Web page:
In 1994, this commercial for the “Information Highway” had me losing my mind. I remember watching a young Anna Paquin being kind of creepy and then looking at my husband and saying “What the hell does she mean?!” I couldn’t stand the commercial because I felt like I had just watched some clip from a 70’s hippy movie and must be lacking the drugs to understand it.
What was this “Information Highway”? I would soon learn that 1994 was the beginning of the future with the Internet, AOL and Yahoo (Google would come much later) although I really wouldn’t get the full comprehension until five years later.
After Taylor’s first diagnosis, I began to explore this new world of the internet, complete with Yahoo searches and chat rooms, trying to find as much information as I could. The internet was nothing like today. Only people in their 40’s and older can really appreciate what it means to spend hours trying to download a file. That being said, this was a whole new world of resources available to me and I spent a lot of time on the internet just trying to find someone who was going through the same thing we were.
I met my sweet friend, Mary in a chat room on Parent’s magazine website. Both of us were dealing with the same issues with our 3 year-old sons. I had finally met someone who got it! She understood my situation and my fears. We became each other’s support system in those early years. Although we lived in separate states, this internet thing made it possible for us to connect and I am so grateful for that.
Then there is Dan Marino.
I have been a Miami Dolphins fan since I was fourteen. I am from Alabama and we do not have an NFL team but every Sunday my friends and I would get together to watch NFL football. I had to choose a team, right? My reason for becoming a Dolphins fan was perfectly reasonable… I loved their uniform colors! It only took watching a few games though before I knew I had chosen the right team. Dan Marino was amazing!
Over the years, I became more of a Dan Marino fan than a Dolphins fan and watched every special on him that I could. Okay, I may have been a little obsessed.
After Taylor’s diagnosis, I remembered back to an interview with Dan Marino when he talked about his son, Michael who has autism. I began to search for more information on this to see what I could find. What did Marino and his wife do? When did they find out their son had autism? What was their son like now?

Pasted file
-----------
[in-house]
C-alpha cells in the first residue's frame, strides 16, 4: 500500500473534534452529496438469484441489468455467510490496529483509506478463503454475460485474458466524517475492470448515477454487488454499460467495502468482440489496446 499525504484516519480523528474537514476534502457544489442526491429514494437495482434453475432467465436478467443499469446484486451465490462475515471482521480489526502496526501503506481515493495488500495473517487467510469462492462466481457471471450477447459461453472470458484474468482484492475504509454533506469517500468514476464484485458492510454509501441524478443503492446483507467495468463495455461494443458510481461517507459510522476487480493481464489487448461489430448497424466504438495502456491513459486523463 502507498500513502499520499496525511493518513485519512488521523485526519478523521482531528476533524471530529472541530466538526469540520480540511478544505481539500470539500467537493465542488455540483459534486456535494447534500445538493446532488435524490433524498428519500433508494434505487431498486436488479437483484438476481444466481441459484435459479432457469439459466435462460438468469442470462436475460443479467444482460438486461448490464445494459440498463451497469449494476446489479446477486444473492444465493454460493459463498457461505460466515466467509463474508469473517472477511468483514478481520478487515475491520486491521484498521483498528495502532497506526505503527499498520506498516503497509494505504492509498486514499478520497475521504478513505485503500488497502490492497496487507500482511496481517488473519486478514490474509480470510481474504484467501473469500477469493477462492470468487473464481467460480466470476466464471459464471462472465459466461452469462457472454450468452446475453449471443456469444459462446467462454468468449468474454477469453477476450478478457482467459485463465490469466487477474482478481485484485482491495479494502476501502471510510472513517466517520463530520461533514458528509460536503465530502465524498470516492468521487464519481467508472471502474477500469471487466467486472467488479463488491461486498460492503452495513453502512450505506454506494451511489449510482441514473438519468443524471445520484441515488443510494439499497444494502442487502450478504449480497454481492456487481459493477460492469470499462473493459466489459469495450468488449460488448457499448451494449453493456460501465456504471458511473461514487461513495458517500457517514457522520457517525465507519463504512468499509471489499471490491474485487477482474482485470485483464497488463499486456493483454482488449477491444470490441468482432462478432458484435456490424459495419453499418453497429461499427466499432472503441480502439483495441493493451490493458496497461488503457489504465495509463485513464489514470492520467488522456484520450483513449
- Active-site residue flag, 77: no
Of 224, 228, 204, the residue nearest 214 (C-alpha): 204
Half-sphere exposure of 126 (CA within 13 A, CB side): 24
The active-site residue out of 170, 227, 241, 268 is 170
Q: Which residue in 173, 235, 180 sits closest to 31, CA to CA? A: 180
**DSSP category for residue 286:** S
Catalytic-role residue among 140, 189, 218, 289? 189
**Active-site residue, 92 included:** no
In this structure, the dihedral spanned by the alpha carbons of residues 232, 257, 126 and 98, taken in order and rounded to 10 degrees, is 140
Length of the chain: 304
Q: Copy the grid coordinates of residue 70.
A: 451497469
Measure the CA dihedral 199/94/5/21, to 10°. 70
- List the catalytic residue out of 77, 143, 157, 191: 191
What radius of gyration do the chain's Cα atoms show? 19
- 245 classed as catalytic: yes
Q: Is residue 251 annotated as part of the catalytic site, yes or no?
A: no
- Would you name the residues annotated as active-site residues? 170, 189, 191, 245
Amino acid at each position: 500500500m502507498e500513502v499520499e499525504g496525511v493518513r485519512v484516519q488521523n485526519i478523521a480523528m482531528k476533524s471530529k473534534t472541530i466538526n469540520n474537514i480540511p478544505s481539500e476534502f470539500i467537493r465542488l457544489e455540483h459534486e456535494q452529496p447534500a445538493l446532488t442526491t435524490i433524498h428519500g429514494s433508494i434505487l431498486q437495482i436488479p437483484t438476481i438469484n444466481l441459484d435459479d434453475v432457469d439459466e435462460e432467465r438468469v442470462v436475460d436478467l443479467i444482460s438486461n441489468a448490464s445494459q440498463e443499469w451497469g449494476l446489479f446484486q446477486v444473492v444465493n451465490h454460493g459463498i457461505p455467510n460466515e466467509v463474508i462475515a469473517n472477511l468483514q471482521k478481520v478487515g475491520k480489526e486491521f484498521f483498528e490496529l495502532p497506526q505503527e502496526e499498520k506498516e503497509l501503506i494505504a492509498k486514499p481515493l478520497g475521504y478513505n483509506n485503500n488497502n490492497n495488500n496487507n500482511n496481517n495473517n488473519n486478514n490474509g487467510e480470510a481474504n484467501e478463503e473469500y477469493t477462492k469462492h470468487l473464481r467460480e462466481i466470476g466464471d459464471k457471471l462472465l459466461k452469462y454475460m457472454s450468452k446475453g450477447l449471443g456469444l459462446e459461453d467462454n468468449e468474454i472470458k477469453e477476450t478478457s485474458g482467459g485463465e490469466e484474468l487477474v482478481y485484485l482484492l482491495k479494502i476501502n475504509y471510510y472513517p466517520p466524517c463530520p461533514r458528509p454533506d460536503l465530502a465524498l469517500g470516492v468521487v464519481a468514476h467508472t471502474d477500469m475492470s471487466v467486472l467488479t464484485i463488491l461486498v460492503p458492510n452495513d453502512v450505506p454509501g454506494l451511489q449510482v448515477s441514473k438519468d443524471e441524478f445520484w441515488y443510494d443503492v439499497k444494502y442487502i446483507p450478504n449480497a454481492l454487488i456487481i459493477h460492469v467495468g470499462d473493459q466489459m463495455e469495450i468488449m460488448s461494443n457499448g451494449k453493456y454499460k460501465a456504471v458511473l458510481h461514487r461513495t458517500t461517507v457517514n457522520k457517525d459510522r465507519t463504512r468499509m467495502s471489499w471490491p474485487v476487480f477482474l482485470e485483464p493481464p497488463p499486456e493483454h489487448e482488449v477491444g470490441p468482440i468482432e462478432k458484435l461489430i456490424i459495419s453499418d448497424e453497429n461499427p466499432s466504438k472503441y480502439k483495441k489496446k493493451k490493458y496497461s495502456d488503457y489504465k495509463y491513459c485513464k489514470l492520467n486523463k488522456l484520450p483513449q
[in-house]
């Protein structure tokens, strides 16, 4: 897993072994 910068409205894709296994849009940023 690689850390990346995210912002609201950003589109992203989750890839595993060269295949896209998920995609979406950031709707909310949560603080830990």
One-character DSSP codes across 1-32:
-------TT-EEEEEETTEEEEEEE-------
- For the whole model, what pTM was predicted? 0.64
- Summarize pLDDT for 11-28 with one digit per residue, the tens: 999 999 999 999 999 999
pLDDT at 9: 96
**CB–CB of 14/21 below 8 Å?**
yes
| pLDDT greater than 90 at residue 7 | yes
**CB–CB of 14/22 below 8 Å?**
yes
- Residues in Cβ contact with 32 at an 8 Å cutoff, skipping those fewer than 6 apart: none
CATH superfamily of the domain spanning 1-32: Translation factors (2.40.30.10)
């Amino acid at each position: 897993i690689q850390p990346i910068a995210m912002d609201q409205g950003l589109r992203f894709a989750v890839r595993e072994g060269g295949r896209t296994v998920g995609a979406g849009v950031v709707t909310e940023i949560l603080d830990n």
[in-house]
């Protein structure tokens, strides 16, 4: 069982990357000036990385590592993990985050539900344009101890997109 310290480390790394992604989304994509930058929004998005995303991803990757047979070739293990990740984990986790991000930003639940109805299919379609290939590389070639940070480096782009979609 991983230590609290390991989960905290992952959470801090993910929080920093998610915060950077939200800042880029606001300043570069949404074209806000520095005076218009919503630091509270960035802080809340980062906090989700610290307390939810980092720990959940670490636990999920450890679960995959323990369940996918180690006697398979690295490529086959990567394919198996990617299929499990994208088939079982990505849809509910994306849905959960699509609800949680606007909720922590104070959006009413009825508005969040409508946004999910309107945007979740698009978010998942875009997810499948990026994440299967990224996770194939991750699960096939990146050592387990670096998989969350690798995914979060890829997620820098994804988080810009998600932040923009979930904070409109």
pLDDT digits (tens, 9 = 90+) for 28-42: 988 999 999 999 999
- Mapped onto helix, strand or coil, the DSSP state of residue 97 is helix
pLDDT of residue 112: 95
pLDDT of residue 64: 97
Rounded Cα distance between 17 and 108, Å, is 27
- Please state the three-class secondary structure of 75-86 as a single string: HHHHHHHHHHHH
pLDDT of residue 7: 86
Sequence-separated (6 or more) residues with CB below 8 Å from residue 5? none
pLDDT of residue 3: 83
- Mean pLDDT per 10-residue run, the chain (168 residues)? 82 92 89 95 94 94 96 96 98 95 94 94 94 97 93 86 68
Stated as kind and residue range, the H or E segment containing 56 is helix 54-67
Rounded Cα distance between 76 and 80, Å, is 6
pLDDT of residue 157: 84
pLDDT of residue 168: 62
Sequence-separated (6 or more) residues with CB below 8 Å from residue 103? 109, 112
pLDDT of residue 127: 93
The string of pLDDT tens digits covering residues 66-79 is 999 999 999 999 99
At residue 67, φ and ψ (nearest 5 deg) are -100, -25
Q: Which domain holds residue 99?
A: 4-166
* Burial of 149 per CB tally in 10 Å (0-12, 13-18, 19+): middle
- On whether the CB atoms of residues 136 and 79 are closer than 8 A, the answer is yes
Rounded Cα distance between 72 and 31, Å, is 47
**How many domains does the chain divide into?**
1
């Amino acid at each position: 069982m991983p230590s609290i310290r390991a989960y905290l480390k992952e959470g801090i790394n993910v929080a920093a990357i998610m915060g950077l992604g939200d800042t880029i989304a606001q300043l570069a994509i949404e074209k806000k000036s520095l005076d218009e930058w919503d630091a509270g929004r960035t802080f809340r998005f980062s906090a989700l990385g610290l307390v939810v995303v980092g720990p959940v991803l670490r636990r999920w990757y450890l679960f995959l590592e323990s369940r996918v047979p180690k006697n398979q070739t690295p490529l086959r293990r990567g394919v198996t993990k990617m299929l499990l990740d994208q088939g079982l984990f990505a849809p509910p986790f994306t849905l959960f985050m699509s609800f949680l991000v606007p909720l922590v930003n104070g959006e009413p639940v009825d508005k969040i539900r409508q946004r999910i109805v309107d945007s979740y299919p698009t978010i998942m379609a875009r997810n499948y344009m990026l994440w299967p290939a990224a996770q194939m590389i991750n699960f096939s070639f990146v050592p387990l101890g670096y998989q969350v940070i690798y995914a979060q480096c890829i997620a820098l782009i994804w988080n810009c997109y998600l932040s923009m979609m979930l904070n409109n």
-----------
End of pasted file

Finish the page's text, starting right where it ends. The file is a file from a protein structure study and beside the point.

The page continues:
This search gave me a job to do but more importantly I think, I began to feel less and less alone. I know that is silly, but here was my football hero since I was a kid and yet we had this in common. I became aware instantly that autism was not prejudice. It doesn’t matter what you do for a living, who your parents are, what kind of money you make, what color your skin is. Autism doesn’t care.
In my on-going search for answers and solutions, I came across a transcript of an interview with Marino where he talks about the first signs of autism that he noticed in his son. The more I read, the more it sounded like he was describing Taylor! In this transcript was a section where they talk with one of Marino’s sons, (he has six children).
It was reading this part, this insight by his fourteen year-old son, which gave me the most hope. When I started reading, I thought it was his older son they were talking with. Then, a few paragraphs in, his son says “People ask me all the time what it is like to have a brother with autism. They are always surprised when I explain to them that I am the one with autism.”
I read it again. This was Michael Marino?! Now I was REALLY intrigued! My very first thought was “he can talk and he can talk well!” Could this happen for Taylor?
As I continue to read, I was fascinated, holding onto every single word. Michael then said something that would stick with me and help me with Taylor for years to come.
He said that he remembered when he was six-years-old and his mom would always demand that he look at her while she was talking.
I did this to Taylor all the time. Most parents do, no news there, right? Courtesy and respect. It’s important.
Then he went on to explain that all he knew was that he couldn’t do it. He could look at his mom or he could listen to her but he was unable to do both. More importantly, he did not have the words to explain to his mom that he could not do both.
Oh WOW! This was LIFE-CHANGING for us in the South household and after we tested this theory out, immediately changed the way we talked with Taylor. First, I experimented just to see. I would have Taylor look at me while I was talking to him and ask him a specific question then I would wait until he looked away and ask him the same question.
Nine out ten times Taylor only responded when I allowed him to look away.
This was just the beginning of things but it gave me hope. It was a solution to a problem. I am a fixer and I felt like I had just accomplished something HUGE!
So, Dan Marino, in case you EVER come across this blog, I want to thank you from the depth of my heart. Thank you for sharing your story. Thank you, Michael for sharing your story. You both changed our lives and I am forever grateful.